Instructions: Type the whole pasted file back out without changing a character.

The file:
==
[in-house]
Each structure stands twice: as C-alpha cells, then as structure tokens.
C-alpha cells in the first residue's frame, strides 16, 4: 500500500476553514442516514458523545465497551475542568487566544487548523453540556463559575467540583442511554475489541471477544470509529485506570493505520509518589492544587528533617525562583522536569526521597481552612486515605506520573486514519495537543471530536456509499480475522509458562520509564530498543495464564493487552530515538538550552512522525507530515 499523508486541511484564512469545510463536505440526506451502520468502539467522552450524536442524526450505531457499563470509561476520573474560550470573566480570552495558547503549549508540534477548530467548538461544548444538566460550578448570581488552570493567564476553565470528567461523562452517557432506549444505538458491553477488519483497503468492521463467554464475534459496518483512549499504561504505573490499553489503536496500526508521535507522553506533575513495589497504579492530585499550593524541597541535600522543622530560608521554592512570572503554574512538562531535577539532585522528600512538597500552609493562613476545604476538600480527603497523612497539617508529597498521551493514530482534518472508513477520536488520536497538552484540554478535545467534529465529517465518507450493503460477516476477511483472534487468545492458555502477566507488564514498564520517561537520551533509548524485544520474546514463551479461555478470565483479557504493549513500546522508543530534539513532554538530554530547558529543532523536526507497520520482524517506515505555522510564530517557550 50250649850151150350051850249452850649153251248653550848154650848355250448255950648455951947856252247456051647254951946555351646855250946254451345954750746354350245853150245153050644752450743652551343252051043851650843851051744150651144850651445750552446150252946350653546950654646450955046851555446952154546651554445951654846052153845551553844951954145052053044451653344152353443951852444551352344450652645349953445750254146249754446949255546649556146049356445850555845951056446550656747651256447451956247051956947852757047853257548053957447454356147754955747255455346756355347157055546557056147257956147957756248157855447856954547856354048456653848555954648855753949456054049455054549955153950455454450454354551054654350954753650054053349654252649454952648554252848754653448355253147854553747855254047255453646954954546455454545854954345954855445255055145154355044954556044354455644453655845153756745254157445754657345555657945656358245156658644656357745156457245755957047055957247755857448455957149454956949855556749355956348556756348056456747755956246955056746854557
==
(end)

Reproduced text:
[in-house]
Each structure stands twice: as C-alpha cells, then as structure tokens.
C-alpha cells in the first residue's frame, strides 16, 4: 500500500476553514442516514458523545465497551475542568487566544487548523453540556463559575467540583442511554475489541471477544470509529485506570493505520509518589492544587528533617525562583522536569526521597481552612486515605506520573486514519495537543471530536456509499480475522509458562520509564530498543495464564493487552530515538538550552512522525507530515 499523508486541511484564512469545510463536505440526506451502520468502539467522552450524536442524526450505531457499563470509561476520573474560550470573566480570552495558547503549549508540534477548530467548538461544548444538566460550578448570581488552570493567564476553565470528567461523562452517557432506549444505538458491553477488519483497503468492521463467554464475534459496518483512549499504561504505573490499553489503536496500526508521535507522553506533575513495589497504579492530585499550593524541597541535600522543622530560608521554592512570572503554574512538562531535577539532585522528600512538597500552609493562613476545604476538600480527603497523612497539617508529597498521551493514530482534518472508513477520536488520536497538552484540554478535545467534529465529517465518507450493503460477516476477511483472534487468545492458555502477566507488564514498564520517561537520551533509548524485544520474546514463551479461555478470565483479557504493549513500546522508543530534539513532554538530554530547558529543532523536526507497520520482524517506515505555522510564530517557550 50250649850151150350051850249452850649153251248653550848154650848355250448255950648455951947856252247456051647254951946555351646855250946254451345954750746354350245853150245153050644752450743652551343252051043851650843851051744150651144850651445750552446150252946350653546950654646450955046851555446952154546651554445951654846052153845551553844951954145052053044451653344152353443951852444551352344450652645349953445750254146249754446949255546649556146049356445850555845951056446550656747651256447451956247051956947852757047853257548053957447454356147754955747255455346756355347157055546557056147257956147957756248157855447856954547856354048456653848555954648855753949456054049455054549955153950455454450454354551054654350954753650054053349654252649454952648554252848754653448355253147854553747855254047255453646954954546455454545854954345954855445255055145154355044954556044354455644453655845153756745254157445754657345555657945656358245156658644656357745156457245755957047055957247755857448455957149454956949855556749355956348556756348056456747755956246955056746854557